LANGUAGE (pronounced "oh-vee"): A language that
tends to place the grammatical object before the verb
in a sentence.
is an example
of an OV language. Contrast with VO
OVERGENERALIZATION: In linguistics, the introduction
of a nonstandard or previously non-existent spelling or verb
form when a speaker or writer makes an analogy to a regular
spelling or a regular verb. For instance, a child who says "I
*broked it" has created a new verb form
by an analogy to how regular verbs form. He has overgeneralized
rather than learned the irregular past participle broken
and the irregular past tense broke.
Cf. hypercorrection and linguistic
This fat, twelve+ volume work functions as an historical
dictionary of English. It is generally considered
the most authoritative and scholarly dictionary of English
nearly 300,000 word entries in its most recent form. Scholars
refer to it lovingly as the OED.
The project arose out of meetings of the Philological Society
of London in 1857, and in January of 1858, the society passed
a resolution to begin the OED's creation. The task
was to record every word that could be found in English
around 1000 CE and to exhibit its history: i.e, where the word
first appeared in surviving writings, and how its spelling,
meaning, and form changed across the years. This would be illustrated
by quoting example texts using the word in each decade.
Coleridge functioned as the first editor, but medievalist F.
J. Furnivall oversaw much of the initial work. The OED's
installment ("A") came out in 1884, and the complete
first edition came out piecemeal over time. In 1933, a supplementary
volume followed the complete set. A newer four volume supplement
came out piecemeal between 1972 and 1986--and an amalgamated
edition in 1989. Oxford University Press is currently working
on an exciting third edition.
(plural oxymora, also called paradox): Using contradiction
in a manner that oddly makes sense on a deeper level. Simple
or joking examples include such oxymora as jumbo shrimp,
sophisticated rednecks, and military intelligence.
The richest literary oxymora seem to reveal a deeper truth through
their contradictions. These oxymora are sometimes called paradoxes.
For instance, "without laws, we can have no freedom." Shakespeare's
Julius Caesar also makes use of a famous oxymoron: "Cowards
die many times before their deaths" (2.2.32). Richard
Rolle uses an almost continuous string of oxymora in his
Middle English work, "Love is Love That Lasts For Aye."
Click here for more examples of oxymora.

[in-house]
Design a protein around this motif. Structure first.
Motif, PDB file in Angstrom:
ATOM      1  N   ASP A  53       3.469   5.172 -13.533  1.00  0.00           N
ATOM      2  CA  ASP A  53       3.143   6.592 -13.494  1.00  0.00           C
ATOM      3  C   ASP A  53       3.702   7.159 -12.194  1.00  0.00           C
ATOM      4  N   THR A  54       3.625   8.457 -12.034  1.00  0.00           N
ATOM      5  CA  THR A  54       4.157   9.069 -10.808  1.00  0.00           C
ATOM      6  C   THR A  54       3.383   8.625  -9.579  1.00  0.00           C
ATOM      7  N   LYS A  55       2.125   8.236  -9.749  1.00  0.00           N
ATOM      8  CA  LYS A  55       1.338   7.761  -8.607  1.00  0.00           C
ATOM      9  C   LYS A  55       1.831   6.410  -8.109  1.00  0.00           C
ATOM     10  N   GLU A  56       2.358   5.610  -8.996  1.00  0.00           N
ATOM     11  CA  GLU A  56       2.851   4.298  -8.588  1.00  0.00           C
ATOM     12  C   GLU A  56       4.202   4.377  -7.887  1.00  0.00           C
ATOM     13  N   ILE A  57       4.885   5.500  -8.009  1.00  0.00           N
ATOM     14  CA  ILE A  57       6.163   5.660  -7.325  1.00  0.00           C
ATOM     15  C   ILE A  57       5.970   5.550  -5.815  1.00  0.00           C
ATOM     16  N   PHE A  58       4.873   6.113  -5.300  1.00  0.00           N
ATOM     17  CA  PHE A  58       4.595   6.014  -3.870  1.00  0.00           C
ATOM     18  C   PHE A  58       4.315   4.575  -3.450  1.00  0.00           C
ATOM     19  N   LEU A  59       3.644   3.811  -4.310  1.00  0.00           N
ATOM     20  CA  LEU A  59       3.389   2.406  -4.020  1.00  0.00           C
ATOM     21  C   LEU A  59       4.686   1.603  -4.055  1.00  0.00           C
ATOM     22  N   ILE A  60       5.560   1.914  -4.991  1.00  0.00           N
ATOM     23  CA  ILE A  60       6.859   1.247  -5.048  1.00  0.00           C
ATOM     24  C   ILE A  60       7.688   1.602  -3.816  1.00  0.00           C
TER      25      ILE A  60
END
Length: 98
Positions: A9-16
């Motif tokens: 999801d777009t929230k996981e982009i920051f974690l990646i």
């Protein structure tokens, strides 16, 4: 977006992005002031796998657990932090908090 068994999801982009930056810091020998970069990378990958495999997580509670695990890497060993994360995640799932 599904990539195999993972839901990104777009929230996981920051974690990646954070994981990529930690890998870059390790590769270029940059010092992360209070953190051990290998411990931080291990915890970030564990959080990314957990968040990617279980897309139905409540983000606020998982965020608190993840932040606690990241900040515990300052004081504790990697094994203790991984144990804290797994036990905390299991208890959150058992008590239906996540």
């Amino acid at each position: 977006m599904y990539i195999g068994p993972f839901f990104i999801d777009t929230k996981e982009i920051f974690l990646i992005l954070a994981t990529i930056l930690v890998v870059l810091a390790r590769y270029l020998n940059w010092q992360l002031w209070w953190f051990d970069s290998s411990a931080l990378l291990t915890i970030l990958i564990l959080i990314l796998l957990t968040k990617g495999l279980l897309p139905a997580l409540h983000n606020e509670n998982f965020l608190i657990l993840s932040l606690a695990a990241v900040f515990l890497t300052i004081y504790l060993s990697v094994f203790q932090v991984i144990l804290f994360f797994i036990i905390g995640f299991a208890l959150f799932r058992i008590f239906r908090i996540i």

I consulted the following works
while preparing this list. I have tried to give credit to specific sources when
feasible, but in many cases multiple reference works use the same examples or
provide the same dates for common information. Students should examine these
resources for more information than these humble webpages provide:
Abrams, M. H. A
Glossary of Literary Terms. 6th edition. Fort Worth: Harcourt
Brace College Pub., 1993. [Now superseded by later editions.]
---. "Poetic Forms
and Literary Terminology." The Norton Anthology of English Literature.
7th edition. Volume 1. New York: Norton, 2000. 2944-61. 2 Vols.
Algeo, John and Thomas Pyles.
The Origin and Development of the English Language. 5th edition.
Baugh, A. C. and Thomas
Cable. A History of the English Language. 5th edition. Englewood
Cliffs, New Jersey: Prentice-Hall, 2002.
Brown, Michelle P. Understanding
Illuminated Manuscripts: A Guide to Technical Terms. London: The British
Library and the J. Paul Getty Museum, 1994.
Burkert, Walter. Greek Religion.
[Originally published 1977 as Griechische Religion der archaischen
und klassischen Epoche.] Trans. John Raffan. Cambridge: Harvard UP,
Catholic University of America
Editorial Staff. The New Catholic Encyclopedia. New York: McGraw-Hill.
Corbett, Edward P. J. Classical
Rhetoric for the Modern Student. 3rd edition. Oxford: Oxford UP, 1990.
Cuddon, J. A. The
Penguin Dictionary of Literary Terms and Literary Theory. London: Penguin
Damrosch, David, gen. ed. The Longman Anthology of British Literature. 2nd Compact Edition. Volume A. New York: Pearson, 2004. 3 Vols.
Deutsch, Babette. Poetry
Handbook: A Dictionary of Terms. Fourth Edition. New York: Harper and